Object. Systemic nicotine has been hypothesized to cause degeneration of the intervertebral disc which in turn decreases vascular supply to the disc through a cholinergic receptor—mediated process. Another possible mechanism may be through direct regulatory effects on disc cells. In this study, the authors tested the hypothesis that nicotine adversely affects nucleus pulposus cells by directly inhibiting proteoglycan synthesis and gene expression of type II collagen (Phase I study). They also assessed the hypothesis that nicotine inhibits the bone morphogenetic protein (BMP)—2-induced upregulation of extracellular matrix (Phase II study).
Methods. Cells were isolated from nucleus pulposus obtained in rat lumbar discs and cultured on a monolayer. Media were treated with nicotine and/or recombinant human (rh)BMP-2 for 7 days. Sulfated glycosaminoglycan (SO4-GAG) in media was quantified using 1,9-dimethylmethylene blue (DMMB) assay. Gene assay of types I and II collagen, Sox9, and glyceraldehyde-3-phosphate dehydrogenase were quantified using reverse transcriptase—polymerase chain reaction (RT-PCR) and real time PCR. In the Phase I study, nicotine-treated (100 µg/ml) and nontreated cells were compared. The s-GAG production and messenger RNA (mRNA) of type II collagen and Sox9 decreased significantly in the nicotine-treated group. In the Phase II study, five groups were compared: 1) nontreatment; 2) rhBMP-2 only (100 ng/ml); and 3–5) with rhBMP-2 (100 ng/ml) and increasing doses of nicotine (1 [third group], 10, [fourth group], 100 [fifth group] µg/ml). The SO4-GAG production and mRNA of type II collagen and Sox9 decreased significantly in the groups treated with rhBMP-2 combined with 10 and 100 µg/ml of nicotine compared with the group treated with rhBMP-2.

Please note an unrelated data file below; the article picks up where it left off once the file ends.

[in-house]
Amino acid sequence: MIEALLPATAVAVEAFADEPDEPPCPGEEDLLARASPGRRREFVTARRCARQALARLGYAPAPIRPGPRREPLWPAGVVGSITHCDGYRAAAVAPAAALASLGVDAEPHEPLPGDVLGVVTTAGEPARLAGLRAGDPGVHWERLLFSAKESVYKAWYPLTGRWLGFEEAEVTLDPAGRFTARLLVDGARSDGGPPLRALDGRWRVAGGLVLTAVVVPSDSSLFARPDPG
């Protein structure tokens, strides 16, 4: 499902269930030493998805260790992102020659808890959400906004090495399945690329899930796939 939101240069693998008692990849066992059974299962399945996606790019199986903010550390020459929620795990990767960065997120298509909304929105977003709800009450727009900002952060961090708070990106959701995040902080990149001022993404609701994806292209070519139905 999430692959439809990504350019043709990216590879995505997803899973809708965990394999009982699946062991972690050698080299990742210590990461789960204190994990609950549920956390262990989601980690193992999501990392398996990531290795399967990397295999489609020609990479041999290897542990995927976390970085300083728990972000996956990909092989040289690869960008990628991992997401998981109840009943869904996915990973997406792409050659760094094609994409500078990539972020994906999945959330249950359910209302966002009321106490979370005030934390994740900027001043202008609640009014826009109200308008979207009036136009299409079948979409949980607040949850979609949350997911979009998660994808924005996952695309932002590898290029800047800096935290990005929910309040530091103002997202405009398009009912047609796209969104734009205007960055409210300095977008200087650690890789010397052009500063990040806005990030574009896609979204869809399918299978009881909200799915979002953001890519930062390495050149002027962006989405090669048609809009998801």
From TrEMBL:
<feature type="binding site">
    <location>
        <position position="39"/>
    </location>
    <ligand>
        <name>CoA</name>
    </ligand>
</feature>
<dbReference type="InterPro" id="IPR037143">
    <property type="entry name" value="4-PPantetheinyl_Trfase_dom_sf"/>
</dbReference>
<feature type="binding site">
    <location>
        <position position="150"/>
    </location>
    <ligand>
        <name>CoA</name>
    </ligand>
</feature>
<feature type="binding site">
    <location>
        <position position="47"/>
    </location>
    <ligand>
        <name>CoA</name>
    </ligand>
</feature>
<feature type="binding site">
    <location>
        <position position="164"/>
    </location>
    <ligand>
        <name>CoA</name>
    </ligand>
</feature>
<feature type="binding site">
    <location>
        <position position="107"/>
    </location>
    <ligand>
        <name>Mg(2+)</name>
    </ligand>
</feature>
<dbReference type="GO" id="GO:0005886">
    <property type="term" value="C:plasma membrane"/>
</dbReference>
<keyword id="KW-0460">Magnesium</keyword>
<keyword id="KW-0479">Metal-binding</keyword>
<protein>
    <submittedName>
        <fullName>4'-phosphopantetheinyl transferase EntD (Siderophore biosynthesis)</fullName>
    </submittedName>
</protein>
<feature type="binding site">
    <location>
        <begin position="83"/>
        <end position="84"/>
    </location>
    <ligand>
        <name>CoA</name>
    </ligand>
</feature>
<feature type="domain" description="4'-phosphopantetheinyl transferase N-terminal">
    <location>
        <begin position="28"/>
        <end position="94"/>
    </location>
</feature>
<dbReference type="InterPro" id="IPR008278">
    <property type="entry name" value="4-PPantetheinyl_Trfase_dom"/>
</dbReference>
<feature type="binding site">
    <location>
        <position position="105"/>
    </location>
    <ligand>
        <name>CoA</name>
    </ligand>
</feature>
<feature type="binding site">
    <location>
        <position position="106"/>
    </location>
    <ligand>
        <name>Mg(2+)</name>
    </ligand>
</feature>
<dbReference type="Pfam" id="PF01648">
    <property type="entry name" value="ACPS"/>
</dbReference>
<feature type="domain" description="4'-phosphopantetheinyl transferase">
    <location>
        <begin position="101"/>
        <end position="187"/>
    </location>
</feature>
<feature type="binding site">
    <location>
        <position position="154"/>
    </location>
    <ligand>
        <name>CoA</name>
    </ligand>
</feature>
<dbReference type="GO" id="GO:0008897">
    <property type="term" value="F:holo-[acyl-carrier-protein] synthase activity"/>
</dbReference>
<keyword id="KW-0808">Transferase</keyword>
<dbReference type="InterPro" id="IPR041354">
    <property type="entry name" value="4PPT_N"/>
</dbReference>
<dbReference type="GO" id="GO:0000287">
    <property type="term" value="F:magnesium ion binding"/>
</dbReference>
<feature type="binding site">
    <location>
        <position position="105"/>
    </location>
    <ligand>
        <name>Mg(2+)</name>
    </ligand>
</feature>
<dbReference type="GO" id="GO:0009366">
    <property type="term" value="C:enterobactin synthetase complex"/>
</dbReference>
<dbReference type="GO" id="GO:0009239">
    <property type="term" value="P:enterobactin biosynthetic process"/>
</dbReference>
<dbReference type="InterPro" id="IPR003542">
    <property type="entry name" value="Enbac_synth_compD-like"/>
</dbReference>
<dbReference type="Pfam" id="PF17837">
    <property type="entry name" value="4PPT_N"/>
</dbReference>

Conclusions. The results of this study raise the possibility that nicotine may contribute to the process of disc degeneration by a direct effect on the nucleus pulposus cells, possibly by antagonizing the effect of BMP-2.